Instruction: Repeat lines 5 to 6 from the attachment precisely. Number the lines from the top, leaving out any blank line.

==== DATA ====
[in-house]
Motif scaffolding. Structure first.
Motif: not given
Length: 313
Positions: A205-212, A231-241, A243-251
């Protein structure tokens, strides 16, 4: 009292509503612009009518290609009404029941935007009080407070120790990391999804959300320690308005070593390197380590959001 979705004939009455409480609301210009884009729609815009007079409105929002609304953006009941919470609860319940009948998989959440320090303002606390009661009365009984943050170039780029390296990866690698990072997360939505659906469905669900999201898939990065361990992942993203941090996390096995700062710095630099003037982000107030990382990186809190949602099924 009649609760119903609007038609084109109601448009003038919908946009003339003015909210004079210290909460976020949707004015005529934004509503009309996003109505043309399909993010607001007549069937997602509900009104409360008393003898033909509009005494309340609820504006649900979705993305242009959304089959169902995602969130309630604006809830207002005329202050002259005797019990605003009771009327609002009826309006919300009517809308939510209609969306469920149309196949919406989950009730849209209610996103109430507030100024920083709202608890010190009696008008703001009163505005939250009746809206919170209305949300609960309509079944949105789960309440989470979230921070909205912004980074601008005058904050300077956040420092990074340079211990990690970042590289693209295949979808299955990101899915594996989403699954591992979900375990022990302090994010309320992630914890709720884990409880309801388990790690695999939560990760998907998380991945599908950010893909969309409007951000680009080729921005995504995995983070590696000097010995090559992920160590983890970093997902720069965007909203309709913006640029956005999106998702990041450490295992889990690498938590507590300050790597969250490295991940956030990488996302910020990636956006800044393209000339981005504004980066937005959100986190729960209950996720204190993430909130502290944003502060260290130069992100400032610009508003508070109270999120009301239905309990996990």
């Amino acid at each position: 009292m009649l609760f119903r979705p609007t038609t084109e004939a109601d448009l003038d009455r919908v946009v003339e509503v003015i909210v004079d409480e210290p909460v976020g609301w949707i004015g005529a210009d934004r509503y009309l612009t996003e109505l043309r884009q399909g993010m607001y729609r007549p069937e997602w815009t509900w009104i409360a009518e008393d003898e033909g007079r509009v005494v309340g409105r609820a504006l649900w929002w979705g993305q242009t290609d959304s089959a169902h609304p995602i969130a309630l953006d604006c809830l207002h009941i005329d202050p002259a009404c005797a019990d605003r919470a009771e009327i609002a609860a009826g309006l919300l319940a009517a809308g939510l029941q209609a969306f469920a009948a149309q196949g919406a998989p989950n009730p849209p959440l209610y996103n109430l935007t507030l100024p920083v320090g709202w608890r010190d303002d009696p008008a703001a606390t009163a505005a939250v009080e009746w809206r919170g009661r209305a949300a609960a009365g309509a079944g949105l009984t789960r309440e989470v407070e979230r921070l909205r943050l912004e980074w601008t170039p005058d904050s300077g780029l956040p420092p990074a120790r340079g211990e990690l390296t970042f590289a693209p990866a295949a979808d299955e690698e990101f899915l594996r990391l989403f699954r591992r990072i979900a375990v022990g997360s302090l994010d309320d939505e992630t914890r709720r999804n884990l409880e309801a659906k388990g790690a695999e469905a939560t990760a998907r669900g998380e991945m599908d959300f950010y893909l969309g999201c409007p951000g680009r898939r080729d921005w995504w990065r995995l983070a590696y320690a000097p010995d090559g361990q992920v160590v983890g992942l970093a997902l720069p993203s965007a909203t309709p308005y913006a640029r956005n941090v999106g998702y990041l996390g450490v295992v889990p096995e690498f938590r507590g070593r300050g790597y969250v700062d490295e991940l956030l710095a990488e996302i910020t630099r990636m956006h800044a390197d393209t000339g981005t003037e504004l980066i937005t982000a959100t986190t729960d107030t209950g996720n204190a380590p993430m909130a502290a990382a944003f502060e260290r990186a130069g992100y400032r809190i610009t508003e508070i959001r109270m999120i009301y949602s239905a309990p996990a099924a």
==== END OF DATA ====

Positions: A205-212, A231-241, A243-251
């Protein structure tokens, strides 16, 4: 009292509503612009009518290609009404029941935007009080407070120790990391999804959300320690308005070593390197380590959001 979705004939009455409480609301210009884009729609815009007079409105929002609304953006009941919470609860319940009948998989959440320090303002606390009661009365009984943050170039780029390296990866690698990072997360939505659906469905669900999201898939990065361990992942993203941090996390096995700062710095630099003037982000107030990382990186809190949602099924 009649609760119903609007038609084109109601448009003038919908946009003339003015909210004079210290909460976020949707004015005529934004509503009309996003109505043309399909993010607001007549069937997602509900009104409360008393003898033909509009005494309340609820504006649900979705993305242009959304089959169902995602969130309630604006809830207002005329202050002259005797019990605003009771009327609002009826309006919300009517809308939510209609969306469920149309196949919406989950009730849209209610996103109430507030100024920083709202608890010190009696008008703001009163505005939250009746809206919170209305949300609960309509079944949105789960309440989470979230921070909205912004980074601008005058904050300077956040420092990074340079211990990690970042590289693209295949979808299955990101899915594996989403699954591992979900375990022990302090994010309320992630914890709720884990409880309801388990790690695999939560990760998907998380991945599908950010893909969309409007951000680009080729921005995504995995983070590696000097010995090559992920160590983890970093997902720069965007909203309709913006640029956005999106998702990041450490295992889990690498938590507590300050790597969250490295991940956030990488996302910020990636956006800044393209000339981005504004980066937005959100986190729960209950996720204190993430909130502290944003502060260290130069992100400032610009508003508070109270999120009301239905309990996990």